My las tip to take nice photos with a DSLR regards the post-processing. There are re-framings that make fantastic, straightening that works wonders and colour modifications that can turn the picture into something completely different. Even though it is possible to process pictures when they are finished, the best way to get an impressive result is to work directly on the RAW file. This type of file leaves most of the parameters of the photography open for modification. This translates into a much better fine-tuning of anything in the picture. From shadows to bright lights or colours. The result will be much much better.

Bonus tip

Amsterdam - Fotografía, photography
Once you have taken in all these tips and rules, and you have mastered their use… then it comes the best part. The part when you know them but you decide to play with them. You can learn tones about photography and then decide that you prefer to shoot to centered objects. Go ahead, at the end, this hobbie will just be another way to rememember where you have been. Enjoy. Have fun. If you like the result… You have reached perfection!

Also, if you want to know a bit more about the best lenses for travel photography… read this other post!

Fotografía, photography


  1. Good post! I’ve got a Nikon and still learning.

  2. I am so happy you posted the second part!! So useful!! Thank you! Can I ask you what lenses do you use and which ones you prefer? Do you use wide angles? If so, would you be interesting in writing a post on lenses? You explain concepts so clearly and easily that it’s a pleasure to read your posts!

    • I am glad you like my posts! If you get into thechnical stuff it all gets boring quite fast! Anyway, I currently have 3 lenses, a 50mm, a 17-55 and a 70-300. Even though I don’t have a wide angle what I usually do is take several pictures in manual and then mounting them on the computer to emulate the effect of a wide angle. If you are still interested, of course I’d like to write a post about them (it’s in my list of posts to write actually hehe). Thanks for commenting!

      • No, of course you don’t have to get technical, but if it’s on your list, I’ll be gladly reading it 🙂 (I’m interested in the mounting thing, though!!)

  3. These are great tips! I read through them all and love the more advanced tips at the end as well – I have a really hard time knowing when my photos are properly exposed, something you could maybe write about in the future 😀 😉 And like Gabi, I’d also be interested in a post on lenses.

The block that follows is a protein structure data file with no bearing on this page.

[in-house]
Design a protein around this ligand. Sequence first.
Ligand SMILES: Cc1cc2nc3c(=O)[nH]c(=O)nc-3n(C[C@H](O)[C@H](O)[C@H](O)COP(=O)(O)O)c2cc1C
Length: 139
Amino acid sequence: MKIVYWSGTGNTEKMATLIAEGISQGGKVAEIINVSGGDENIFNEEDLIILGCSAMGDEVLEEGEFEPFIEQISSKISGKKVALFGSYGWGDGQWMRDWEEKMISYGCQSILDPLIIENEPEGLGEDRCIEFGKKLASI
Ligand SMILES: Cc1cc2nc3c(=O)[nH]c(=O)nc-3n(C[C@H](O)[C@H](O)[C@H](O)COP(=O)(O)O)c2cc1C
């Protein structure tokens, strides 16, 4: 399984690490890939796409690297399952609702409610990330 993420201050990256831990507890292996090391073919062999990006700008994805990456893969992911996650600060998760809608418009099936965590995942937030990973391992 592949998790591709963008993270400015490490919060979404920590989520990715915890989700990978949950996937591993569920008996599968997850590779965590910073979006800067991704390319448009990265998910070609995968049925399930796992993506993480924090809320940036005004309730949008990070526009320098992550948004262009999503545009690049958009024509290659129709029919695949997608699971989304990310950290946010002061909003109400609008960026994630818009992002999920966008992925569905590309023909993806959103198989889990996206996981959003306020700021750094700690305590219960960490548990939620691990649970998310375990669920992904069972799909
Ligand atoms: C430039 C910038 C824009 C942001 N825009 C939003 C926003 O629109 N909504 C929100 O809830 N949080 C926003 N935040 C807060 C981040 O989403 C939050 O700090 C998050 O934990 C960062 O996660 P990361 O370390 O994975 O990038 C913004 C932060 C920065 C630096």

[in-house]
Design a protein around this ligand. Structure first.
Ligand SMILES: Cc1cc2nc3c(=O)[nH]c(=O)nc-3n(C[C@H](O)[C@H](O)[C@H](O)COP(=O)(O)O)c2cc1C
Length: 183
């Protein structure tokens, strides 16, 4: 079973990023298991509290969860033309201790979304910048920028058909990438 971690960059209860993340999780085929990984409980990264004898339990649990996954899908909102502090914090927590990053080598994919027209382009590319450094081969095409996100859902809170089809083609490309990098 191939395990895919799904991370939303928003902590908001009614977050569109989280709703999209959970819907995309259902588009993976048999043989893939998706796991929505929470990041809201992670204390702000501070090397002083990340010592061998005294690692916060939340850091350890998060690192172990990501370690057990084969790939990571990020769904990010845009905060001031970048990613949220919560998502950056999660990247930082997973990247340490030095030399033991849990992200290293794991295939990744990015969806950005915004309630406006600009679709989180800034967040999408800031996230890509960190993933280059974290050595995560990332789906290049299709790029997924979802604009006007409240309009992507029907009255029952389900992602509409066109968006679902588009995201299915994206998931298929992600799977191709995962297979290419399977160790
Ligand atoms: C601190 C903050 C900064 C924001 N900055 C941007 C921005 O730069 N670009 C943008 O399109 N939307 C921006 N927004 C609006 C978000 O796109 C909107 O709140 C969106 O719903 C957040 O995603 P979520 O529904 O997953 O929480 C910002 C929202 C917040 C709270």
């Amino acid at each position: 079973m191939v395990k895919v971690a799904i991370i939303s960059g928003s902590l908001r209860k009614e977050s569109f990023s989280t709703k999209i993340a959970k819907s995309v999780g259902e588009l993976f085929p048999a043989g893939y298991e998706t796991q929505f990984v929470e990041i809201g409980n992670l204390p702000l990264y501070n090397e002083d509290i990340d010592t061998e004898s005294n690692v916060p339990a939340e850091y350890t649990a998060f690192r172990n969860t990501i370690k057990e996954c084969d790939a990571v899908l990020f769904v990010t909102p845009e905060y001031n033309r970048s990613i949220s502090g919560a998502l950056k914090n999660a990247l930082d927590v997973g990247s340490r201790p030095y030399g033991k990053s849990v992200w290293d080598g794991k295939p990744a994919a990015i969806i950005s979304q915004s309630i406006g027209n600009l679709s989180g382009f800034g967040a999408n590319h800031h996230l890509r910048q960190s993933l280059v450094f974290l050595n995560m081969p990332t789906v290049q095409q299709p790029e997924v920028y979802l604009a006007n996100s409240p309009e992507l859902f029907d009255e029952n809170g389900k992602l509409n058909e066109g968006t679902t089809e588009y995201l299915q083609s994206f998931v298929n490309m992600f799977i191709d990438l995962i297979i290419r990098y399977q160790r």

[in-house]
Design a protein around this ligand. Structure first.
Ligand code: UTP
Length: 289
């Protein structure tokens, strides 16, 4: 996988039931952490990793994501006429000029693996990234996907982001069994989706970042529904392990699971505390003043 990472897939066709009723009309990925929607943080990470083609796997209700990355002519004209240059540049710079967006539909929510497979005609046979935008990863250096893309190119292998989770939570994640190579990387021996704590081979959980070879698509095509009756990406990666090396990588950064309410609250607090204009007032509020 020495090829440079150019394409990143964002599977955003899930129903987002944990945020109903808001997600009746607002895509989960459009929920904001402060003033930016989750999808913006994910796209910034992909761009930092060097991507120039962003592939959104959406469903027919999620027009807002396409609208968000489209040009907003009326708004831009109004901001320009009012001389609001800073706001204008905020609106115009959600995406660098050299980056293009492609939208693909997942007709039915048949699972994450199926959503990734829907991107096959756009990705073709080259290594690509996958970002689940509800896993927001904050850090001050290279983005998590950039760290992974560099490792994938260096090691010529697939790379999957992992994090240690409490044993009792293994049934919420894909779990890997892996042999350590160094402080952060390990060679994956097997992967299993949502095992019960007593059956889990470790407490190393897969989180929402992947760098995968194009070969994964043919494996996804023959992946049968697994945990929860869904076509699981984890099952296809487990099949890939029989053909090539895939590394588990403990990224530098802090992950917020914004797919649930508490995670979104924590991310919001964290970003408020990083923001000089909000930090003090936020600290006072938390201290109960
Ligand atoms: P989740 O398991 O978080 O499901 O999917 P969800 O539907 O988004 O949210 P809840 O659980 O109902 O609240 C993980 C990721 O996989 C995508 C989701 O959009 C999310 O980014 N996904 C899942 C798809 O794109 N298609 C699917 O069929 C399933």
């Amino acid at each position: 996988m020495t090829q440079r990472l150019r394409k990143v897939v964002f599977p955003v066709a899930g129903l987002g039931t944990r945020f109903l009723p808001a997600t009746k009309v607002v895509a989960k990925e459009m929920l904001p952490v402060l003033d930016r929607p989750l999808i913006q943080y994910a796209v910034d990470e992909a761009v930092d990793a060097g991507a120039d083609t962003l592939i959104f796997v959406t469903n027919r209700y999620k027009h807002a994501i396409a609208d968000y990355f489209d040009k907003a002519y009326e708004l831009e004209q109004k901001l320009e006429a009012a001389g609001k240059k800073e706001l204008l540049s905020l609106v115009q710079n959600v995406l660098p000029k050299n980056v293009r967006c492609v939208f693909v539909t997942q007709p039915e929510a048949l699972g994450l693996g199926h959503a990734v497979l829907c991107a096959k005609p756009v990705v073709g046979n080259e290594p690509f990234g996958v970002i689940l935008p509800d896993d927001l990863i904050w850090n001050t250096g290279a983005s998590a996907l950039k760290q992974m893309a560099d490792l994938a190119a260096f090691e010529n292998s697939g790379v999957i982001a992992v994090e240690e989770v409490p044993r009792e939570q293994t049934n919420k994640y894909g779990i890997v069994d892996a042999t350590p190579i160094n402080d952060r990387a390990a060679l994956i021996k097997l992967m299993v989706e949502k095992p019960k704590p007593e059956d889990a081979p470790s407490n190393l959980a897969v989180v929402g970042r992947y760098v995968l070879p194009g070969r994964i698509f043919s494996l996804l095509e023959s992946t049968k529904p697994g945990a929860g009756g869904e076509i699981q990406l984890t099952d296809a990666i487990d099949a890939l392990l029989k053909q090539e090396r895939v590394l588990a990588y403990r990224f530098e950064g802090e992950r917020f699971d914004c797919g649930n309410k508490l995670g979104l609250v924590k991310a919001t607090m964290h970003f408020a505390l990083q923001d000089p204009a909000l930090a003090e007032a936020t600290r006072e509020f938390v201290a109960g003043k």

4. The best way to learn is just to put the camera on manual and keep on shooting. It’s hard, but very good. Also there are many forums about photography out there that give you advice after you post your pictures and so! You’ll see in no time how it is worth it!

  5. I will work on the post about lenses soon, I promise!
    About the exposure, I could maybe try to do a small post about that, but it is something simple. When you are looking through the visor, there’s usually this line with made with dots and a “-” and a “+”. Your photo will be perfectly exposed when the value is at zero, darker when leading to “-” and too much exposed when leading to the “+”. If you are in a very clear day and trying to take a picture of something in the shadows, point there and adjust the parameters to the dark zone, then take the picture. And… I think that would be all about exposure! Please let me know if you want any more info!

  6. Wonderful photography tips. I cannot pretend to understand them all but I will have to go practice by taking pictures out in the great big world.

  7. This is a great post on photography!! I really needed this and learned quite a bit. Your tips are so helpful and I can’t wait to use these tips on my next photos! Thanks for sharing!

  8. The photos are stunning. The tips also are quite helpful and I will try out your advice on some of the points that I am not following now;

  9. Those are really great tips! I need to brush up on my camera skills. I want my pictures to attract hordes of mosquitos. LOL

  10. I am glad you find them interesting!